The focus of the project titled Targeting antimicrobial resistance (AMR) by inhibition of bacterial stress responses (TAMiR) is to develop antibacterial peptides and small molecules as new antibiotics that can target multidrug resistant bacteria and inhibit antimicrobial resistance.
The TAMiR project is one of the four AMR-related projects funded by the Trond Mohn Foundation (TMS) , and is led by Professor Marit Otterlei. More on the TAMiR project; National Research Programme on Antimicrobial Resistance (TMS)
The TAMiR project is a collaboration between research groups at NTNU, Oslo University Hospital, and the University of Copenhagen, and is branched into research on three different potential new antibiotic drugs.
Research Topics and Publications
Research Topics and Publications
TAMiR research topics and publications
Our lead peptide, the APIM-peptide, targets DNA sliding clamps. DNA sliding clamps are functionally and structurally conserved in all three domains of life. The bacterial DNA sliding clamp, the β-clamp, is essential for DNA replication and translesion synthesis (TLS). The APIM-peptide binds to the β-clamp and blocks protein interactions important for the execution of these processes. The APIM-peptide efficiently reduces the growth of both gram positive and gram negative bacterial strains as well as biofilm forming and multidrug-resistant bacteria.
We have demonstrated in vivo effects in an MRSA skin infection model and an MRSE bone graft infection model where the APIM-peptide was applied as a gel or in cement, respectively. Importantly, bacteria are killed at doses that are not toxic to human cells, supporting it´s potential for clinical development as an antibiotic. Additionally, the APIM-peptide strongly inhibits mutagenesis, and these anti-mutagenic properties of the APIM-peptide could be important to inhibit the development of antimicrobial resistance when combined with other antibiotics.
We are currently focusing on optimizing the APIM-peptide for increased affinity to the β-clamp, elucidating its mode of action in bacterial stress responses and on selecting a clinical indication for further development of the APIM-peptide as a new “antibiotics”.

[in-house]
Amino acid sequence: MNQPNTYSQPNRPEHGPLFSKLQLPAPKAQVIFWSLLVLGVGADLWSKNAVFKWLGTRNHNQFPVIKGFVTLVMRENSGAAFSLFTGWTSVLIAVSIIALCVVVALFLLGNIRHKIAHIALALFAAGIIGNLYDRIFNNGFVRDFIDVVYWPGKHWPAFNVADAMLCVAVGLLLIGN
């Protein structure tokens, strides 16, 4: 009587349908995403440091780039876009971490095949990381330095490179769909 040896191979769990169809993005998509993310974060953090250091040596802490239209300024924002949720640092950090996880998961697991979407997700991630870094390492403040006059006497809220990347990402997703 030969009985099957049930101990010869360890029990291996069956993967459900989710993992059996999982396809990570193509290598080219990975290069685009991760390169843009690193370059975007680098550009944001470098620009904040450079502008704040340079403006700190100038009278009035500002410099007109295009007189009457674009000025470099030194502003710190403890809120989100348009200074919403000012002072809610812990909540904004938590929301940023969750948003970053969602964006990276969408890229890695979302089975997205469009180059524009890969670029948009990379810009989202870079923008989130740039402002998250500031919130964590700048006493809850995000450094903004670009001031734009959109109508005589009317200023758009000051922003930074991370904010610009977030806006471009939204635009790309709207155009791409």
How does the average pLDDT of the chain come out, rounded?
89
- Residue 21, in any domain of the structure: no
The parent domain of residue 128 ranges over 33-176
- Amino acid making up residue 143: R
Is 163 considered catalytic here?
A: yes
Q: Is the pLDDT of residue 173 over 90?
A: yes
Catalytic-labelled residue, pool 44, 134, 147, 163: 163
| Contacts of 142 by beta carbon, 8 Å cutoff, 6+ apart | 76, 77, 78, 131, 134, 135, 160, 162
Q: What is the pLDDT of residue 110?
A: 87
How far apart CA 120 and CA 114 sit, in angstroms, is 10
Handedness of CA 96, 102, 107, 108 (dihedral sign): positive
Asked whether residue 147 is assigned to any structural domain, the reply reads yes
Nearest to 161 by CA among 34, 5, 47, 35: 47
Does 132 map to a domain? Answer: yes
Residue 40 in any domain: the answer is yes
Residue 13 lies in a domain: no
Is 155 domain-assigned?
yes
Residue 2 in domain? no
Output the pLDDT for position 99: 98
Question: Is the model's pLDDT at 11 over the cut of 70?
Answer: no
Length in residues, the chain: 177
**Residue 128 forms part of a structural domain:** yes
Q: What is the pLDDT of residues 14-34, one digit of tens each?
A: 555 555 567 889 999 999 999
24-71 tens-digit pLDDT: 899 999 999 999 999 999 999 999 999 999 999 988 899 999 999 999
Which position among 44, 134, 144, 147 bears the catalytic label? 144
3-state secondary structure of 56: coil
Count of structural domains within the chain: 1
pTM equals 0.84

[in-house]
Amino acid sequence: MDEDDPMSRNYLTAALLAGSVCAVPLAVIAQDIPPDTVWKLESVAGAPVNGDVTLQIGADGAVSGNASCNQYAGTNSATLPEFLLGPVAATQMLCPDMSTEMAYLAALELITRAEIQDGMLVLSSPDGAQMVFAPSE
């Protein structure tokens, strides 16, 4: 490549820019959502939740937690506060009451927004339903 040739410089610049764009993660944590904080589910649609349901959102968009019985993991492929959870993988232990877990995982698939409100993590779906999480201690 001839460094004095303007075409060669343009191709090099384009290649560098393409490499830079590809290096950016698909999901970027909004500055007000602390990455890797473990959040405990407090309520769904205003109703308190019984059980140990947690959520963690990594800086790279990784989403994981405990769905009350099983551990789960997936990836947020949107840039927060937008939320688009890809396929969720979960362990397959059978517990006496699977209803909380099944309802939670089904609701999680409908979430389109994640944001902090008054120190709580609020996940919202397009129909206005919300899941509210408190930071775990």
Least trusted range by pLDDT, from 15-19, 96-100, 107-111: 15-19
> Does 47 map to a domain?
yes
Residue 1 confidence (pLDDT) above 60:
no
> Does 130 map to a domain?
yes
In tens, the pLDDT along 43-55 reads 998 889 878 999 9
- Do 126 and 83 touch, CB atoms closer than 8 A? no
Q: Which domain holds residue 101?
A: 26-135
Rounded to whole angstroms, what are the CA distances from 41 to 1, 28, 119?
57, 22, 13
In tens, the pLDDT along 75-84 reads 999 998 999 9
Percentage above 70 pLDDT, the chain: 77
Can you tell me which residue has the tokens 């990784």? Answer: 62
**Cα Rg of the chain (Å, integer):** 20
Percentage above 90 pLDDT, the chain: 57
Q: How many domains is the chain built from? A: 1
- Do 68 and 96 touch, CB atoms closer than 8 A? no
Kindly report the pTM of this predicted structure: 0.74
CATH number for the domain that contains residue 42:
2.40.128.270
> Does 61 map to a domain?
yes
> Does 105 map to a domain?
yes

- Nucleoside ANalogues Are Potent Inducers of Pol V-mediated Mutagenesis, Biomolecules, June 2021.
- Novel Peptides Targeting the β-Clamp Rapidly Kill Planktonic and Biofilm Staphylococcus epidermidis Both in vitro and in vivo, Frontiers in Microbiology, 17 March 2021
- Peptides containing the PCNA interacting motif APIM bind to the beta-clamp and inhibit bacterial growth and mutagenesis, Nucleic Acids Research, 04 June 2020
The project on the APIM-peptide is led by Professor Marit Otterlei
The toxin-antitoxin (TA) systems are widely distributed in bacteria and consist of small genetic elements; a stable toxin and its unstable neutralizing conjugate antitoxin. During stressful conditions, the antitoxin is degraded, leaving free active toxin. Toxins can interfere with essential cellular processes such as DNA replication, translation and cell wall synthesis, and enable bacteria to survive stress by inducing bacterial persistence, biofilm formation and antibiotic tolerance.
However, overexpression of toxins can be lethal to the bacterial cell, and this property can be exploited for antimicrobial purposes. We are currently studying the mode of action and antimicrobial effects of peptides derived from type I TA systems, which interact with the inner membrane and have the potential for development into antimicrobial therapeutics.
The TA-peptides project is led by Professor Magnar Bjørås
We are screening for small molecule peptide mimickers that have high affinity for the β-clamp/peptide complex in an in silico virtual screen using a crystallized β-clamp protein and about 5 million commercially available compounds and drug-like molecules.
The most potent candidates will be further studied for potential use as antibiotics.
- I dag - Ekko - NRK Radio, Podcast, P2, NRK radio, August 2022
- Hvorfor utvikles det ikke nye antibiotika? (aftenposten.no), chronicle, Aftenposten, August 2022
- Forskningspodden: Hva skal vi gjøre når antibiotika slutter å fungere? , Podcast-episode i Forskninspodden, July 2022
- Nå skal abonnement på antibiotika testes ut (gemini.no), Podcast «De store spørsmålene», February 2022
- Researchers Night Live 2021 - NTNU, Live Gløshaugen Trondheim, 24.09.2021
- Lovende utvikling av nye antibiotika mot resistente bakterier, oslo-universitetssykehus.no, February 2021.
- Nummer 2 - pest-POSTEN (pestposten.no), magazine for members of Norsk Forening for Infeksjonsmedisinere, 2021
- NRK Radio Ukeslutt, 27.06.2020
- Norske forskere med oppsiktsvekkende oppdagelse – kan ha funnet ny type antibiotika, NRK Trøndelag 24.06.2020
- NRK Radio, Ekko samfunnspodden, 26.03.2019
- Norske forskere med nytt antibiotika-funn, NRK Vestland, 21.02.2019